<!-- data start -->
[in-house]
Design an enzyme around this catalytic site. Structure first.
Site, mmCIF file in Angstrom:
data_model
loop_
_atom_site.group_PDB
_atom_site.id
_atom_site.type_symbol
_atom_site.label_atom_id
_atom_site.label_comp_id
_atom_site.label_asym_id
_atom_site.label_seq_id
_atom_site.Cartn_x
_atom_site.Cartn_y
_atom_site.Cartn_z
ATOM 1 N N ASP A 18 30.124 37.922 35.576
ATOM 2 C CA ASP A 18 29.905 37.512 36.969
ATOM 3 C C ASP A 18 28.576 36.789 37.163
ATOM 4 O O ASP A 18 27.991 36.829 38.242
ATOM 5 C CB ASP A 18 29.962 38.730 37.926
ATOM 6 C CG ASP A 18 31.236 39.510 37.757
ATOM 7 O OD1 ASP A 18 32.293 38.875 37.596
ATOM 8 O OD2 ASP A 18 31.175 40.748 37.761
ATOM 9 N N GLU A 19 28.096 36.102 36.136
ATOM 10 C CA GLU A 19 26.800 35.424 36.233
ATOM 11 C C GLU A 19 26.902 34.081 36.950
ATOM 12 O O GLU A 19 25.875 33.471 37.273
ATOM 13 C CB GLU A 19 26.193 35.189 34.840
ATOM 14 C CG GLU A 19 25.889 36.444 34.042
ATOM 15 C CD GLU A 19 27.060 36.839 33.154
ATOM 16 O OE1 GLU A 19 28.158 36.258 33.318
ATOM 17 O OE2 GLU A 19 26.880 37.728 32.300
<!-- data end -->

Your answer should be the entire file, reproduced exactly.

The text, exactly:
[in-house]
Design an enzyme around this catalytic site. Structure first.
Site, mmCIF file in Angstrom:
data_model
loop_
_atom_site.group_PDB
_atom_site.id
_atom_site.type_symbol
_atom_site.label_atom_id
_atom_site.label_comp_id
_atom_site.label_asym_id
_atom_site.label_seq_id
_atom_site.Cartn_x
_atom_site.Cartn_y
_atom_site.Cartn_z
ATOM 1 N N ASP A 18 30.124 37.922 35.576
ATOM 2 C CA ASP A 18 29.905 37.512 36.969
ATOM 3 C C ASP A 18 28.576 36.789 37.163
ATOM 4 O O ASP A 18 27.991 36.829 38.242
ATOM 5 C CB ASP A 18 29.962 38.730 37.926
ATOM 6 C CG ASP A 18 31.236 39.510 37.757
ATOM 7 O OD1 ASP A 18 32.293 38.875 37.596
ATOM 8 O OD2 ASP A 18 31.175 40.748 37.761
ATOM 9 N N GLU A 19 28.096 36.102 36.136
ATOM 10 C CA GLU A 19 26.800 35.424 36.233
ATOM 11 C C GLU A 19 26.902 34.081 36.950
ATOM 12 O O GLU A 19 25.875 33.471 37.273
ATOM 13 C CB GLU A 19 26.193 35.189 34.840
ATOM 14 C CG GLU A 19 25.889 36.444 34.042
ATOM 15 C CD GLU A 19 27.060 36.839 33.154
ATOM 16 O OE1 GLU A 19 28.158 36.258 33.318
ATOM 17 O OE2 GLU A 19 26.880 37.728 32.300